The UK Rules
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Houses in Multiple Occupation

Houses in Multiple Occupation (HMO)

What does Houses in Multiple Occupation mean? Houses of multiple occupancy relates to any residential property that gets shared by more than one household.

HMO LEGISLATION: As a rule, HMO residents share 'common areas' within the property.

Do you let your property to several tenants who are not all members from the same family? In this case, you might be letting a 'House in Multiple Occupation'.

There is a simple way to determine if your property is a House of Multiple Occupancy. You have an HMO if both of these apply to you:

1. Three or more tenants live inside creating more than one household.
2. They share some common facilities such as bathroom, toilet, or kitchen.

What does a 'household' consist of relating to Houses in Multiple Occupation? A household means a single person or several members of the same family living together.

Households include married people and unmarried couples who live together. It also relates to people who cohabit in same-sex relationships.

Houses in Multiple Occupation Licence and Licensing

If you are a landlord renting out a property, you must have an HMO licence if both of these apply to you:

  1. The building has 3 or more storeys
  2. The property has 5 or more people living inside.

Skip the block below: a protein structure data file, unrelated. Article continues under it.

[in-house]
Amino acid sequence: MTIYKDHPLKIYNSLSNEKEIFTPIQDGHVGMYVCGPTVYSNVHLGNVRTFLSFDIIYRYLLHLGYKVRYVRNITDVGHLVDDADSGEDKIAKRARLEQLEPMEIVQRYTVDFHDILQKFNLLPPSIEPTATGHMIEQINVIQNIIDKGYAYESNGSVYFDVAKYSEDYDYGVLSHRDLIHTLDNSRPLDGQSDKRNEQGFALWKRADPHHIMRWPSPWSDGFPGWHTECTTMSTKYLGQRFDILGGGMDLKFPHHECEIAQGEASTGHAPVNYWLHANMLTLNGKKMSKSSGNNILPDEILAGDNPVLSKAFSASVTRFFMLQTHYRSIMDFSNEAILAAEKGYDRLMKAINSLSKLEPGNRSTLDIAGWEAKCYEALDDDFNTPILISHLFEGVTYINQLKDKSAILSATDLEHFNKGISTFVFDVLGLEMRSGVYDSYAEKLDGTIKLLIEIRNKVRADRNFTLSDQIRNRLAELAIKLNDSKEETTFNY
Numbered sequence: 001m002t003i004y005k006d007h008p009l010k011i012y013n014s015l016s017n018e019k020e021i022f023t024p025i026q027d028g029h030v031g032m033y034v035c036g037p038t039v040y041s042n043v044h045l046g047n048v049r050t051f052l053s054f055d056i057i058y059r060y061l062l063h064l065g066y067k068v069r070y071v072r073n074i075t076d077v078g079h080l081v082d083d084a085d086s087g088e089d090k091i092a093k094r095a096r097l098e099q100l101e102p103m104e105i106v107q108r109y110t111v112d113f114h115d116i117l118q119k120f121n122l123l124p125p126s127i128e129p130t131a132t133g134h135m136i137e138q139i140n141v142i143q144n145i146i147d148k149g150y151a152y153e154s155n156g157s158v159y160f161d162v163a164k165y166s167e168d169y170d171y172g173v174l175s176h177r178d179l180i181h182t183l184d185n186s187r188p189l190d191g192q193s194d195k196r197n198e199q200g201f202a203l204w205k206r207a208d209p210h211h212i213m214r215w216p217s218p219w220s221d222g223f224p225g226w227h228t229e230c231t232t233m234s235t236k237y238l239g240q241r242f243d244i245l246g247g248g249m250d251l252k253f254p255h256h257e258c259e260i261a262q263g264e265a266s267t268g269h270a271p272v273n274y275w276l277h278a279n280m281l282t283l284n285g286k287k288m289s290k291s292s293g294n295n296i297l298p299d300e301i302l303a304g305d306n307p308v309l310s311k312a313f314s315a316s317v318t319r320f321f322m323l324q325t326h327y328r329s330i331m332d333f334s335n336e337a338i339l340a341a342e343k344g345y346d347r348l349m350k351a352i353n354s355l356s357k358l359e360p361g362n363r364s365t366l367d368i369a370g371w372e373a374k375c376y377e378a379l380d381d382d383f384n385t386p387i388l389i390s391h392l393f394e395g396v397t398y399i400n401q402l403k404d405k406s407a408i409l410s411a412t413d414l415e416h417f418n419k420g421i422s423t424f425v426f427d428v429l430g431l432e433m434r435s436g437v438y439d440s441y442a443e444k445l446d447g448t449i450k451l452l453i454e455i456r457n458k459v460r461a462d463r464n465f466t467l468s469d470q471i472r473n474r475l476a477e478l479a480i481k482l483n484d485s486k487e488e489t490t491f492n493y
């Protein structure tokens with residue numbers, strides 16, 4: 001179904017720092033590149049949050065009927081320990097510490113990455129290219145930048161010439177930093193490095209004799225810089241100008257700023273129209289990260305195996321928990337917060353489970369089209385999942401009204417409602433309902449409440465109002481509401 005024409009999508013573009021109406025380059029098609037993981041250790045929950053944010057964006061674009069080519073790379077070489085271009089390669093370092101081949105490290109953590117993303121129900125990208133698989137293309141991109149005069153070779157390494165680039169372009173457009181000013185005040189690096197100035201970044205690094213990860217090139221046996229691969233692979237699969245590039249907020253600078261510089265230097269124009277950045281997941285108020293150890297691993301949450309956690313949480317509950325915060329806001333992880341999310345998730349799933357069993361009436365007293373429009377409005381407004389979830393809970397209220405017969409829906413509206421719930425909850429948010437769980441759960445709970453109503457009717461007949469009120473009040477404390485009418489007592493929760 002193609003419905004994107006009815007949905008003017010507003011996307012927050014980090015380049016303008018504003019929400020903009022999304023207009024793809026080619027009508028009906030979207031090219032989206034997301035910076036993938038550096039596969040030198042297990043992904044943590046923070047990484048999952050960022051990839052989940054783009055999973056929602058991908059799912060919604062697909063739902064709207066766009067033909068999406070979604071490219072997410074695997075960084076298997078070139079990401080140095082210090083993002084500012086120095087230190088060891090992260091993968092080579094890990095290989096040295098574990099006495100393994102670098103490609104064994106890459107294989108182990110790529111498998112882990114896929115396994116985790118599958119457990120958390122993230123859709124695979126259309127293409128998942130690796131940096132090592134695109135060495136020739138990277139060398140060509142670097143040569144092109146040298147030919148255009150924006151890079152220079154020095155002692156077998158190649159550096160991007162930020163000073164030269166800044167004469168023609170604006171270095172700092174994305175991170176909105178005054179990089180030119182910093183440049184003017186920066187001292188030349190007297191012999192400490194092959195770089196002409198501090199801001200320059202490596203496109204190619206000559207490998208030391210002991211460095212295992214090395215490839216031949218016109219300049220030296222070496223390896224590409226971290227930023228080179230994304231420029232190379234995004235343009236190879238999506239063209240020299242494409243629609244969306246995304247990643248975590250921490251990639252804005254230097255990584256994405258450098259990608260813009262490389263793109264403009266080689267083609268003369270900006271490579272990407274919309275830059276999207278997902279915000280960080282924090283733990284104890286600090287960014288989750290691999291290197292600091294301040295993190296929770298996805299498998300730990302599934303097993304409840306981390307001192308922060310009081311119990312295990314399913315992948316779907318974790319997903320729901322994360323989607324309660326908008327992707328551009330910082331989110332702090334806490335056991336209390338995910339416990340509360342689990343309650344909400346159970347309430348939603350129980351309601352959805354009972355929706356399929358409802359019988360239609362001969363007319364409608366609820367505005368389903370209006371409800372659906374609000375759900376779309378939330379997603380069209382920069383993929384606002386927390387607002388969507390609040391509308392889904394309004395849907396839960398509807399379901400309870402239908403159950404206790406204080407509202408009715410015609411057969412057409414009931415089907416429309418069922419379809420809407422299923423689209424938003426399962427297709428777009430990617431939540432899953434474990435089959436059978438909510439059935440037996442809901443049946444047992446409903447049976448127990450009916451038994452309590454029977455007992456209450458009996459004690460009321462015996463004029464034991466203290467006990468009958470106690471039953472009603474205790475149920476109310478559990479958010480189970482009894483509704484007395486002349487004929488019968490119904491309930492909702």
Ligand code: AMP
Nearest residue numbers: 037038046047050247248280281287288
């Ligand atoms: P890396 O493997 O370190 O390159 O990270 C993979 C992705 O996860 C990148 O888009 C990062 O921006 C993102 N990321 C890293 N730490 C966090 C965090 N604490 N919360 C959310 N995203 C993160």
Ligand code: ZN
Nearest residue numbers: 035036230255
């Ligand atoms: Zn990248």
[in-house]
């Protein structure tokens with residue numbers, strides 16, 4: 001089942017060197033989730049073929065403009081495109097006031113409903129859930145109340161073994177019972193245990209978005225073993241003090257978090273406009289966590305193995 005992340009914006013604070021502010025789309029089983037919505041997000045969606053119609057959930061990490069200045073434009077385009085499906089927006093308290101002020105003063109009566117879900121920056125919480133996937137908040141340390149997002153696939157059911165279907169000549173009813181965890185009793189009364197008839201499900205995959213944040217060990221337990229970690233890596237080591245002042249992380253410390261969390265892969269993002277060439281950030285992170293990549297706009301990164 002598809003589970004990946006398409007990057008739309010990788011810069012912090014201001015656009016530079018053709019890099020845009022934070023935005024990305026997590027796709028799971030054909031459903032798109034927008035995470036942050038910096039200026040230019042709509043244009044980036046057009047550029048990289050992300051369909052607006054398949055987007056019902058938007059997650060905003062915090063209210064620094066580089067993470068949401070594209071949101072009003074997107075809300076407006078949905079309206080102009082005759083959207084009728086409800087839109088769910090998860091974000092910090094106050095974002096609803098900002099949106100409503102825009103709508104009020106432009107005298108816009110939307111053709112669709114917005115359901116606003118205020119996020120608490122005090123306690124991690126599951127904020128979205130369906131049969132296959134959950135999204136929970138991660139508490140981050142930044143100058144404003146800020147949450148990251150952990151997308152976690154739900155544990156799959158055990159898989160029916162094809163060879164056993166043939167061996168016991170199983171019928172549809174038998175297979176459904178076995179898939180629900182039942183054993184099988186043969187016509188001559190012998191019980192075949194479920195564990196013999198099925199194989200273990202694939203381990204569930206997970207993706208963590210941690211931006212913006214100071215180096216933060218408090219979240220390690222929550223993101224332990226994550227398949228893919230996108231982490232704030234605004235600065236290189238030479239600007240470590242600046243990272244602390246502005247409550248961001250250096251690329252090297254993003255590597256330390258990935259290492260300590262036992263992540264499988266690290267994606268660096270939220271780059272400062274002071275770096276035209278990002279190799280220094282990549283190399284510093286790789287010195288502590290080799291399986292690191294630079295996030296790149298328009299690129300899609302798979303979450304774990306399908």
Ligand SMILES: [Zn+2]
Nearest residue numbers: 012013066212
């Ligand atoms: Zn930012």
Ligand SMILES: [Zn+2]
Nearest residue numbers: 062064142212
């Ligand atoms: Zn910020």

Some district councils may include other property types that need HMO licensing. You should contact your local council to confirm whether you need an HMO licence.

Housing Health and Safety Rating System Risk Assessment

The council will carry out a Housing Health and Safety Rating System risk assessment on your HMO. This occurs within 5 years of receiving your House in Multiple Occupation licence application.

The house inspector will check for any unacceptable risks during the HHSRS assessment. The landlord must then conduct the appropriate work to eliminate any hazards.

House in Multiple Occupation Reporting Change of Use

You must report some specific changes to your local council such as if:

  1. You plan to make some structural changes to an HMO.
  2. Your tenants make any changes to the property.
  3. The circumstances of your tenants change (e.g. having a child)
Houses in Multiple Occupation Legislation
Last Updated 2017